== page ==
Jesus came to Peter with basin and towel, ready to get low and cleanse his lowliest part. Feet in the Hebrew culture designated the most humble part of a person. Unlike today, feet were filthy as a result of hiking dirty roads in sandaled feet.
This washing is prophetic, a foreshadowing of Jesus’ life being poured out on the cross. We glimpse the essence of that flood when at the crucifixion the soldier pierced His side, releasing “a sudden flow of blood and water.” (Jn 19:34) That river alone has power to dissolve our deepest stains.
Foot-washing also foreshadows Paul’s words about the less honorable aspects of the body of Christ. The Apostle writes to the shamed ones at Corinth who were being neglected by the sleek and the strong there: “Those parts of the body we think are less honorable we treat with special honor…God has given greater honor to the parts that lacked it.” (1Cor 12: 22, 24)
Sometimes we don’t need others to neglect or reject us. We are very capable of hating ourselves for the broken and dishonorable parts. Feet represent those parts, the untouchable zones, the parts least likely to succeed.
These are the dimensions of our humanity which smell, that are unruly, that we stub unto more of a stench. These are the areas that are dangerous, and that can cripple God’s will for us unless they are properly attended.
That’s why we are tempted to hide our bloody feet. And often do. The religious man will even use spiritual language and rationale as to why he should hide them. In most Christian cultures, we lead out with our best foot forward, and may make Herculean efforts to conceal the club foot we drag behind.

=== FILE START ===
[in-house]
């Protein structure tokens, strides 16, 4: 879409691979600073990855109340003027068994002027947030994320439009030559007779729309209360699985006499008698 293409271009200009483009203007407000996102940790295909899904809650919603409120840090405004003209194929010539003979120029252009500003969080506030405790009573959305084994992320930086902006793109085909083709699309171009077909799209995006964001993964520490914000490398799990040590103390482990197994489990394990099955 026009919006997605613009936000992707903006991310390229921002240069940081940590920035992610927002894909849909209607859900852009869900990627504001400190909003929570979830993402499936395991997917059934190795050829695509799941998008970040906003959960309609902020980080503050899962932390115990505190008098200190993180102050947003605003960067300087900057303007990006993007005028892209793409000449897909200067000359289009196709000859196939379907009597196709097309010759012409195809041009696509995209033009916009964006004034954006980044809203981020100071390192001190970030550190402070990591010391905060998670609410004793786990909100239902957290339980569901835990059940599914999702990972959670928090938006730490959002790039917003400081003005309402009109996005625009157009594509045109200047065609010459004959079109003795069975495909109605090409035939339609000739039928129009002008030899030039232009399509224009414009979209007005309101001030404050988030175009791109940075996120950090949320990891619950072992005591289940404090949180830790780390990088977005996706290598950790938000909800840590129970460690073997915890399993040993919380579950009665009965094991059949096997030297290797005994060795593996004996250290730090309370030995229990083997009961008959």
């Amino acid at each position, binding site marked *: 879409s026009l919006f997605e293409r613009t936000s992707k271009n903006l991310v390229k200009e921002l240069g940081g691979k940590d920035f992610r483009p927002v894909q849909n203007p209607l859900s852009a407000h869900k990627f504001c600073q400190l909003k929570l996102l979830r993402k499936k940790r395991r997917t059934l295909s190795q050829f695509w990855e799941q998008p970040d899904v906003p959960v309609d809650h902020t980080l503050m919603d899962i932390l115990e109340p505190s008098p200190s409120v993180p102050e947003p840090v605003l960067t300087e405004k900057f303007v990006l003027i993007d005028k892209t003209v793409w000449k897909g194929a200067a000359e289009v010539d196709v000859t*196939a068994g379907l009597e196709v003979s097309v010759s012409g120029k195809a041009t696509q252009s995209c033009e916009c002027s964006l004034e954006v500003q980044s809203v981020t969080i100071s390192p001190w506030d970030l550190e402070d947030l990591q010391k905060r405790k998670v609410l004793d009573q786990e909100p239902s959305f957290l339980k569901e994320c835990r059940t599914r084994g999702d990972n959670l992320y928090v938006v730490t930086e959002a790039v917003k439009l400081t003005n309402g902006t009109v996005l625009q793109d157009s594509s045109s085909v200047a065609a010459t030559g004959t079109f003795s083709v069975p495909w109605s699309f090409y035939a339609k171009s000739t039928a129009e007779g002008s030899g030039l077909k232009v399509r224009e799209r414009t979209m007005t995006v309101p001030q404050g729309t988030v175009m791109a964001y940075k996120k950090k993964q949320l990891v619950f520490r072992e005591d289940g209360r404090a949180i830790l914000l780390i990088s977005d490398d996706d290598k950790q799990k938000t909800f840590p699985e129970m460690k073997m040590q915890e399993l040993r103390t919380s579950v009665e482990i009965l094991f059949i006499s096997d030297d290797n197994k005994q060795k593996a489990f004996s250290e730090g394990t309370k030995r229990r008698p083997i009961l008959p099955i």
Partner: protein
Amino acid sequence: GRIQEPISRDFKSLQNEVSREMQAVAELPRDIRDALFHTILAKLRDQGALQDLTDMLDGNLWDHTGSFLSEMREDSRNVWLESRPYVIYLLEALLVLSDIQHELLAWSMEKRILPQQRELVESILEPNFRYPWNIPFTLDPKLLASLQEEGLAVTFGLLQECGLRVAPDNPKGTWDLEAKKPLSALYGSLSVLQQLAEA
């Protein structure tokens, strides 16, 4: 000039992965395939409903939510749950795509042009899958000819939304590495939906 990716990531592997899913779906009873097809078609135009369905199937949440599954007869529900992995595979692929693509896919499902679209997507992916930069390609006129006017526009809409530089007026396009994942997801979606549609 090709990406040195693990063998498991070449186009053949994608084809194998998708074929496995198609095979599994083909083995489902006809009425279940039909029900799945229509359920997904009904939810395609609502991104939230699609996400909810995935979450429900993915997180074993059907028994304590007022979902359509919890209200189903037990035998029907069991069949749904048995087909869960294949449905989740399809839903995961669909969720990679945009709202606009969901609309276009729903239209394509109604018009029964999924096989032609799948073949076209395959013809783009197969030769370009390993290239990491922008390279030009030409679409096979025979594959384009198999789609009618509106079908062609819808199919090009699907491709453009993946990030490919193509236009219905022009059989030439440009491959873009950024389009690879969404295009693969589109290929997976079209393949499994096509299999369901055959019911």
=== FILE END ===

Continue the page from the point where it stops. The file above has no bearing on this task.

Yet to deny foot-washing is to deny the very person of Jesus and His passion: the bloody God pouring out His life to remove the stench of sin. That involves God’s body—His basin, if you will, meeting us at our least honorable. He who receives such washing welcomes Christ right where Christ most desires him.
‘Foot-washing’ best describes the ministry of Desert Stream and its many pools of Living Waters around the world. Set in churches, these provide a protected, powerful opportunity for one to lower his/her shameful parts into the ‘mercy pool.’
But we must be ready. God is faithful to mirror back our lack of readiness for foot-washing, just as He did for Peter. Peter asked Jesus as He knelt down: “Are you going to wash my feet?” (v.6) Hearing His ‘yes’, Peter refused the offer: “No, You shall never wash my feet.” (v.8)
The Rock, the doctor of the Church, refuses foot-washing as stubbornly as he refused Jesus’ cross. Jesus replies simply: “Unless I wash you, you have no part of Me.” (v.8)
Peter was not ready for the cross and its benefits. He had yet to surrender old religious notions. The zealot still wanted to protect Jesus from His passion. And from his own smelly feet! The two are profoundly related. Jesus broken body, releasing a flood of cleansing, corresponds to our human brokenness and its defilement. Peter wanted neither a broken God nor the revelation of his own brokenness.
Maybe Peter was not yet desperate, not enough anyway. The Rock had more bluster in him yet, more of that good carnal energy that champions the Savior yet refuses to get saved. He did not yet see Jesus clearly. He did not see himself clearly. The mercy that might have made him meek eluded him.
Yet Peter’s time would come, and in the meantime, Jesus washes his feet. Jesus is patient; He waits for us, just as He waited for the time when its meaning would become clear to Peter.
Eating the Cross
Foot-washing prepared the disciples for Passover. The meal itself, described in Matthew 26:20-28, is a continuation of Jesus revealing the full extent of His love. During this meal, Jesus prophesies that His body and blood would be given “for the life of the world.” (Jn 6:51)